Integration or assimilation: do Norwegian barnehager preserve immigrant children’s native-culture according to their parents?
MetadataShow full item record
This paper presents a framework for understanding culture differences and immigrant parents’ points of view and experience with barnehager. The purpose of this study was to understand and have an overview over a few immigrant parents ‘cultural point of view and at the same time, identify integrative and/or assimilative patterns in their children’s life at a barnehage. Analyzing the immigrant parents ‘point of view about cultural differences based upon the integrative and assimilative perspectives can as well provide a new starting point for teaching and educational research, especially in Special Educational Needs. The priority concern of the present paper was to explore if immigrant parents claim that their children should be given the opportunity to be “themselves” at the barnehage, in addition that they get the chance to open up for new horizons. To get answers to the research question: Integration or Assimilation: Do Norwegian Barnehager preserve Immigrant children’s Native-Culture according To their parents? A semi-structured interview was conducted. Three immigrant parents from a collectivistic-oriented culture have taken part in the research interview. All three informants were chosen from barnehager which collaborate with the University of Stavanger thanks to a project called “Skoleklar”. The main findings from the research are as follows: two of the three immigrant parents interviewed were most of all concerned about transmitting their native-culture, such as mother-tongue and emotional heritages, to their children, inside the family-home and do not wish the barnehage staffs to convey their native-culture to their own children and other children at the barnehage. In other words: the two mothers can be said to practice assimilative integration, not integrative socialization, because they put a “boundary” between their children’s native-culture acquisition inside the family-home and the fact of letting the barnehage staff transmit their native- culture to their own children and other children at the barnehage. The last informant however claimed that the fact of transmitting her native-culture to her children inside the family-home, as well as the fact that the barnehage staffs transmitted her native-culture to both her children and other children at the barnehage was equally important to her. The latter can be said to practice integrative socialization.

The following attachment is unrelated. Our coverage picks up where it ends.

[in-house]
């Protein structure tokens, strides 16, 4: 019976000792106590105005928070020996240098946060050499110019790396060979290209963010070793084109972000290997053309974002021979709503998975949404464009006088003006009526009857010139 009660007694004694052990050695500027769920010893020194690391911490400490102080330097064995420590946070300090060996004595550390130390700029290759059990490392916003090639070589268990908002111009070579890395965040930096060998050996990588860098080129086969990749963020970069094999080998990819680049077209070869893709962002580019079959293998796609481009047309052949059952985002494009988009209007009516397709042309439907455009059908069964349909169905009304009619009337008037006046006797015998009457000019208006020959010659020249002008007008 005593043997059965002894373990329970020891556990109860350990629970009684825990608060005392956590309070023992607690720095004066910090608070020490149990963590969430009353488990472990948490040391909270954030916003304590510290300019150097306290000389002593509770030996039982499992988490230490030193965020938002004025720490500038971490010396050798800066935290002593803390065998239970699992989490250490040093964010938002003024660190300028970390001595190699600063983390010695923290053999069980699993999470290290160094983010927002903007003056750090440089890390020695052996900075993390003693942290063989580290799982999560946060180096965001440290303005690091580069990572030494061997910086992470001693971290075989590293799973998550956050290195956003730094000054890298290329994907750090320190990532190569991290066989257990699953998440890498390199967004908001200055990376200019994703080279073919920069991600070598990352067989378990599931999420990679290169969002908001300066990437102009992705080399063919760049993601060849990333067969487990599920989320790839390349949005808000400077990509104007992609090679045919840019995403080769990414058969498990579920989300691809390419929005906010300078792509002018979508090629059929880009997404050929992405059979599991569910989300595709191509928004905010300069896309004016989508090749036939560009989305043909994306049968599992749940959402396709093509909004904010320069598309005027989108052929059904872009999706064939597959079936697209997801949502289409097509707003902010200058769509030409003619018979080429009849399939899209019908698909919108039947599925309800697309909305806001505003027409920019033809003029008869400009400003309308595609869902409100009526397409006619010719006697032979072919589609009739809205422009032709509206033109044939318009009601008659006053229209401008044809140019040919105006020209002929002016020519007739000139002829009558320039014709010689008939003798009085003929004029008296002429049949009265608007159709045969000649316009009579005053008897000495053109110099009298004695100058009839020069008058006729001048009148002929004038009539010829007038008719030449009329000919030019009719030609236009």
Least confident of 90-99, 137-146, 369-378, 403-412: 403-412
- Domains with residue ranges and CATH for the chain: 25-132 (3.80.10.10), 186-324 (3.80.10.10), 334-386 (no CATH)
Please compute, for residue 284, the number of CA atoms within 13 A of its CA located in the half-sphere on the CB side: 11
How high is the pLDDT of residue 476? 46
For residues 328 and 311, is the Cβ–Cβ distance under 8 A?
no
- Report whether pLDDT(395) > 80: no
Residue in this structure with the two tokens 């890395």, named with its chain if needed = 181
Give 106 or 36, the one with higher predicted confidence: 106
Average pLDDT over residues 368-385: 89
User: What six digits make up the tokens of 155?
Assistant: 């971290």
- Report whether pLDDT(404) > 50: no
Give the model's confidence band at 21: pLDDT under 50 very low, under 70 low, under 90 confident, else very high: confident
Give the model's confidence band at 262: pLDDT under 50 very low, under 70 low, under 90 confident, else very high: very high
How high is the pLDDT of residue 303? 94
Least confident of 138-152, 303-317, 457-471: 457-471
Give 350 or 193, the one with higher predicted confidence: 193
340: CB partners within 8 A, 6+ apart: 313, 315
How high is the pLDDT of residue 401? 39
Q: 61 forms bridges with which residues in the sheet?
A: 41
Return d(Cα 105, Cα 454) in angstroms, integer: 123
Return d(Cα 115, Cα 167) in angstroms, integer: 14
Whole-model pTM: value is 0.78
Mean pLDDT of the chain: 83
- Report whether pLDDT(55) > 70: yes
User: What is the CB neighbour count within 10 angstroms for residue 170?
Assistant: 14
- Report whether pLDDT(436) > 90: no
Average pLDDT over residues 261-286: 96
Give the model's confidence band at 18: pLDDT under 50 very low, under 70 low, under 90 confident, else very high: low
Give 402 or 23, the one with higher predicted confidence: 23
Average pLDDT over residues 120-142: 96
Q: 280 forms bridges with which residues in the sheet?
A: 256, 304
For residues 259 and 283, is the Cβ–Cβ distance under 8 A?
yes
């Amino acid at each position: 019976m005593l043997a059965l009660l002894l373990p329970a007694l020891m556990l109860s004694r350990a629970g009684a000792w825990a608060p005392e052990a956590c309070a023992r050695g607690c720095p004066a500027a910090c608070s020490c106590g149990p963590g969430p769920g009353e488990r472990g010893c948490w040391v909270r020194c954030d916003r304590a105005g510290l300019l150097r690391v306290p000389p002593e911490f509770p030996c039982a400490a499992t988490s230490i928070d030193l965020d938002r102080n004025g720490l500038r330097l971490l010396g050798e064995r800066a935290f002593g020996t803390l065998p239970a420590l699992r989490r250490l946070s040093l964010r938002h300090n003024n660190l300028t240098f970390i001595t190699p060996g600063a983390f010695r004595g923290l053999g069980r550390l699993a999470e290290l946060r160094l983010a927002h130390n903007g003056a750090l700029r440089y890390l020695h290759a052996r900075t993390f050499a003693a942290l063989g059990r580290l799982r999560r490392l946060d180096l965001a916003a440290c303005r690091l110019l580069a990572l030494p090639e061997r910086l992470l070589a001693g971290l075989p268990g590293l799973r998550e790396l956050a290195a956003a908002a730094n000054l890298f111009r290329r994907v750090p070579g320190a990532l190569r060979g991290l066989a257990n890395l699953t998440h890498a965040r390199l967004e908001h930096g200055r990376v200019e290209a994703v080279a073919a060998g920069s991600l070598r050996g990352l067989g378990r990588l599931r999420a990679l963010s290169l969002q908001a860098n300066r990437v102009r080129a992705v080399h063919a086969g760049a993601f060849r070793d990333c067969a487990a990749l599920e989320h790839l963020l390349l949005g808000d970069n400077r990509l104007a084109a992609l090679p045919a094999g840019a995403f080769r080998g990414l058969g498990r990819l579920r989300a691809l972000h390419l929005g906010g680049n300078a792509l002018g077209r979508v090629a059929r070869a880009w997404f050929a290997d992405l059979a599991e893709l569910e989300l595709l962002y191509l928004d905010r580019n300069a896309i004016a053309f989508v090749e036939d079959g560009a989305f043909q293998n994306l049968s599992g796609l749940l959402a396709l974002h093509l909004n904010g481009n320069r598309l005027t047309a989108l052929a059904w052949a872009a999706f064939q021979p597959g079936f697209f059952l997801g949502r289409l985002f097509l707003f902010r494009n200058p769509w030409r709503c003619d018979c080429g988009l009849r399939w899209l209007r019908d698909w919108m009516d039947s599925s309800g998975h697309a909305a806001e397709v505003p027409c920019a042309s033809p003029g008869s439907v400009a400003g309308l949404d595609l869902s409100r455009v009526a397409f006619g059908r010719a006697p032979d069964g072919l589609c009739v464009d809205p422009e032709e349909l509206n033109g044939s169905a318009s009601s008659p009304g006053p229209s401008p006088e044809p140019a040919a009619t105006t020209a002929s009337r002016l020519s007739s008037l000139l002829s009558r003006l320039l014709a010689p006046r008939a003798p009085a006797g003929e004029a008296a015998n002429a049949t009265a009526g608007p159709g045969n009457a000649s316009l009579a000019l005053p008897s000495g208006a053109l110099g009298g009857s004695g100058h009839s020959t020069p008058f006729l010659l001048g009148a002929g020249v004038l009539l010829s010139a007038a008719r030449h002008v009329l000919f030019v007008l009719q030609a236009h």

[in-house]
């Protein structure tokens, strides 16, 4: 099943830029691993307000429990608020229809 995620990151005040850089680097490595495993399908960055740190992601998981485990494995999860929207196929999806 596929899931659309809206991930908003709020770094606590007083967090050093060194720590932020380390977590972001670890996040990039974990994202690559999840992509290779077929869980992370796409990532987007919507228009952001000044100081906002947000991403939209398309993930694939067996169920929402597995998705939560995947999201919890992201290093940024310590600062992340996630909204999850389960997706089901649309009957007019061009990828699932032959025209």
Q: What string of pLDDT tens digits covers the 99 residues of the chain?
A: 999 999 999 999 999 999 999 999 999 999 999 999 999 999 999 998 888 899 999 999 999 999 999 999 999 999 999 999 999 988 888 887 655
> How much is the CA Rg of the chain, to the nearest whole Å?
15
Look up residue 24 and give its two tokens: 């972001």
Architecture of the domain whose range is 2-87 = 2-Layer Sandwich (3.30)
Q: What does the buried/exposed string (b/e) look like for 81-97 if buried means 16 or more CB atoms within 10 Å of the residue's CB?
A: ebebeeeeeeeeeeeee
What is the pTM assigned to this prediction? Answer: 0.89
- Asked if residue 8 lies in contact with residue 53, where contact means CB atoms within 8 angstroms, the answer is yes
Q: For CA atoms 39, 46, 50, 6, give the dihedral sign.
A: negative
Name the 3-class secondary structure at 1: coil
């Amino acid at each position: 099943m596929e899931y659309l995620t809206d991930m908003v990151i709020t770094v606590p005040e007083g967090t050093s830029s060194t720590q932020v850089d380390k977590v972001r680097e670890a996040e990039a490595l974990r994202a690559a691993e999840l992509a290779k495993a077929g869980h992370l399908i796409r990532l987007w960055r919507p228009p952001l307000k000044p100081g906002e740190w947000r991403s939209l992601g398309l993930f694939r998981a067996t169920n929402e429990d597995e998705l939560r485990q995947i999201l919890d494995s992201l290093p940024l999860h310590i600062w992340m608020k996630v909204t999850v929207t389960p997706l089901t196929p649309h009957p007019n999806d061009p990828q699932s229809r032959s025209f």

Master's thesis in Special education